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Adrift in a vast galaxy of darkness, the beam from my flashlight breaks on a constellation of orbiting life. It was just before the rise of a waning gibbous moon that I could see the noticeable differences in the corals before me. Seven foot summits of Montastraea faveolata dominated the landscape.

This alien colony, dressed in green fluorescence, bore in its bosom a new life force. Twelve moons ago this new life began to take shape. Hundreds of tiny eggs joined together and began their arduous journey. A month before they were to leave the womb this tiny packet, no larger than five millimeters in diameter, was intermixed with sperm.

Evolution has allowed its parent to become both its mother and father — an efficient hermaphroditic being. But nature would afford this new life force no easy path. For the coral eggs will not accept the sperm of its own parent colony. They must set themselves adrift in the great vast ocean in search of others of their kind.

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But so far I have told the story of just one coral polyp. The real magic lies in the method the parent helps their precious children survive. Working in a synchronous manner that would make even a symphony conductor jealous, these large colonies of coral polyps simultaneously release their gametes in a mass coral spawning event. Millions upon millions of eggs and sperm are released into the water column. Any predator anxiously awaiting an easy meal is quickly overwhelmed. The crystal clear water becomes a thick soup of coral life.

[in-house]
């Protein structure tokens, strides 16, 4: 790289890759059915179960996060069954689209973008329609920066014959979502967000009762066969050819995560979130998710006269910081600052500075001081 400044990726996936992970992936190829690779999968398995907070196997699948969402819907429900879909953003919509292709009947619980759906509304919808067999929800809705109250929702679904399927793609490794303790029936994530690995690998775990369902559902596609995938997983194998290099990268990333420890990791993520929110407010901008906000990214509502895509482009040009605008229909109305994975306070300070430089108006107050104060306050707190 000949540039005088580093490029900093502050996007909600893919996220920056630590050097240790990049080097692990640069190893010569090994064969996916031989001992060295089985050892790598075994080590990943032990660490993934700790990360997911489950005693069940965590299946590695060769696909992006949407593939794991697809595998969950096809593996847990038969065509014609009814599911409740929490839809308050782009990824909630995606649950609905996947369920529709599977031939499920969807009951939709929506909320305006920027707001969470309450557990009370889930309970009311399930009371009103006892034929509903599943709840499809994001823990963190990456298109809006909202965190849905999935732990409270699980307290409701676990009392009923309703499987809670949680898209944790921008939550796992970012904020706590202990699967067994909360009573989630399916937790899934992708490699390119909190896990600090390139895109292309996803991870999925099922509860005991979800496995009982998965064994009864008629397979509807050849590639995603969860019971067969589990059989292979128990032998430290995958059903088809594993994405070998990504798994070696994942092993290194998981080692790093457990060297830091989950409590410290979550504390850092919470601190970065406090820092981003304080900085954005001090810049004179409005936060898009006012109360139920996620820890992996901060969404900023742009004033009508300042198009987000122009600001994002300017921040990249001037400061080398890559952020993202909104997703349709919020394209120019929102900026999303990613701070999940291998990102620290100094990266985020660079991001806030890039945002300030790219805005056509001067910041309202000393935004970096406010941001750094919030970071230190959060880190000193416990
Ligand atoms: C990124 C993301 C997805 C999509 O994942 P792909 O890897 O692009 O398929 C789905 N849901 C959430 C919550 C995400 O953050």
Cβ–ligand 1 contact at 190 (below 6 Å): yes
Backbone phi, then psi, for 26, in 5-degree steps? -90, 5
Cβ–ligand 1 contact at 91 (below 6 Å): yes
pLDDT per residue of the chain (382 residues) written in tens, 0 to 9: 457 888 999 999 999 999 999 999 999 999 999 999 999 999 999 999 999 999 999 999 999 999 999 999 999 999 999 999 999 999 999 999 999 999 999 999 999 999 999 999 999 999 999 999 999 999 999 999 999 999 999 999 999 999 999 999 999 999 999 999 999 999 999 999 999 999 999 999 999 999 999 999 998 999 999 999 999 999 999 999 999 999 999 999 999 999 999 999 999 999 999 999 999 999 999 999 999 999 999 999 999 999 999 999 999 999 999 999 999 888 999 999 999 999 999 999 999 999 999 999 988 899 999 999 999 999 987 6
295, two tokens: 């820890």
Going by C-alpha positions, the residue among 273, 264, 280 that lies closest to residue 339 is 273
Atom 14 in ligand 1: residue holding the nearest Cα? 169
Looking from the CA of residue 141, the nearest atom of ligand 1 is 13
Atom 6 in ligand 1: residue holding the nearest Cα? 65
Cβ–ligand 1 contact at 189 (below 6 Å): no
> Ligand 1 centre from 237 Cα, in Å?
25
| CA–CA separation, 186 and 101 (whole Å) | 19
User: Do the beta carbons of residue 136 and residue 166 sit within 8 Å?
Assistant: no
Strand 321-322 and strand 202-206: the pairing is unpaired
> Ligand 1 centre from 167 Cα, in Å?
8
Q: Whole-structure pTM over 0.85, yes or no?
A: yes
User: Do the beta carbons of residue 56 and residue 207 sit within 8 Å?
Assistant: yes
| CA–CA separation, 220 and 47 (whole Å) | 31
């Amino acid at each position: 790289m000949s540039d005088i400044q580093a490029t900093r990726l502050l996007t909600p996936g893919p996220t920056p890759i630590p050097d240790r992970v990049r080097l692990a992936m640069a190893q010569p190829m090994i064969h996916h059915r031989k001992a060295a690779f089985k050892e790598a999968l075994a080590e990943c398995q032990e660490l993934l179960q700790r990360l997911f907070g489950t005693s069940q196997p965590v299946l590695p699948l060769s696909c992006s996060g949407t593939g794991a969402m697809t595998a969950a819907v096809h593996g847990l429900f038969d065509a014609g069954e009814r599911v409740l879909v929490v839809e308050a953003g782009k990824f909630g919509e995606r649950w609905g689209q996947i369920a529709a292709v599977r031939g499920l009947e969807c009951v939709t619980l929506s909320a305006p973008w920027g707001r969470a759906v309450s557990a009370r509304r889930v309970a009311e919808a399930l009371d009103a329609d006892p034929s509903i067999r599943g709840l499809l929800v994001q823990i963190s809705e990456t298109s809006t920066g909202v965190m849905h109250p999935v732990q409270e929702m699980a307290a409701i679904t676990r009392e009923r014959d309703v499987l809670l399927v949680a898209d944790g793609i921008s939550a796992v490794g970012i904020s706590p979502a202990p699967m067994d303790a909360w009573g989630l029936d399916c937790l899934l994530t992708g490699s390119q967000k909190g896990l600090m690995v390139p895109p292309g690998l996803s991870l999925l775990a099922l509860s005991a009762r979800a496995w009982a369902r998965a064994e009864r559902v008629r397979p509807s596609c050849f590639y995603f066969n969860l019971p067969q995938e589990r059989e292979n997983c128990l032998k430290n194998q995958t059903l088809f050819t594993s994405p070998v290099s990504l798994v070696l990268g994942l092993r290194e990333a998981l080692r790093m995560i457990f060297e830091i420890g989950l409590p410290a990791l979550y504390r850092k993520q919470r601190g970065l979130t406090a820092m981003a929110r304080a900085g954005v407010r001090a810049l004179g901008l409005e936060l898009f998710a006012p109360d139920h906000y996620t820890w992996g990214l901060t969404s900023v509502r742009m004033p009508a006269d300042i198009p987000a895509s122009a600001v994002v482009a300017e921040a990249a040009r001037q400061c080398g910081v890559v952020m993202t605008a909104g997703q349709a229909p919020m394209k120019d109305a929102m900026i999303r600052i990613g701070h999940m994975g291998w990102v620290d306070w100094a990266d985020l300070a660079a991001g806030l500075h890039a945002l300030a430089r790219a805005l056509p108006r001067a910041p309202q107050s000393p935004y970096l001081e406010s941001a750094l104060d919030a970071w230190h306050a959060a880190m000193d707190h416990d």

Although their parents have done everything in their power to assure the coral gametes survival, these miniature marvels of ocean life are plagued with many dangers — not only from predation by thousands of hungry mouths, but by the stresses of man. For should the coral gametes approach where man allows fresh water runoff to occur, changing the salinity level by only fifteen percent, their chances of fertilization will be bleak. The parents themselves will not spawn if they are stressed from bleaching and disease, conditions believed to be caused by pollution and global warming.

Should any tiny egg be fortunate enough to cross all perils, and become fertilized, it will continue to drift with the ocean currents. The egg begins developing into a planula and settles on the ocean bottom — sometime between two days and two moons. It will grow at a rate of up to five millimeters per year by means of asexual reproduction.

As the coral forms, with it grows the promise that helps sustain life on Earth. Joining the millions of other corals, it will help build the Earth’s largest structures — so large, in fact, they can be seen from the moon. The coral reef is an ecosystem that protects and feeds not only ocean life, but human life as well.

As I drift through the ocean, the beam from my flashlight shines upon the constellation of new coral life. Intrigued by the story these miniscule creatures tell, I look upon them like an astronaut looking down on Earth. My mind fills with astonishment… It fills with questions… But most of all, it fills with hope as I hover submersed in this galaxy of life.

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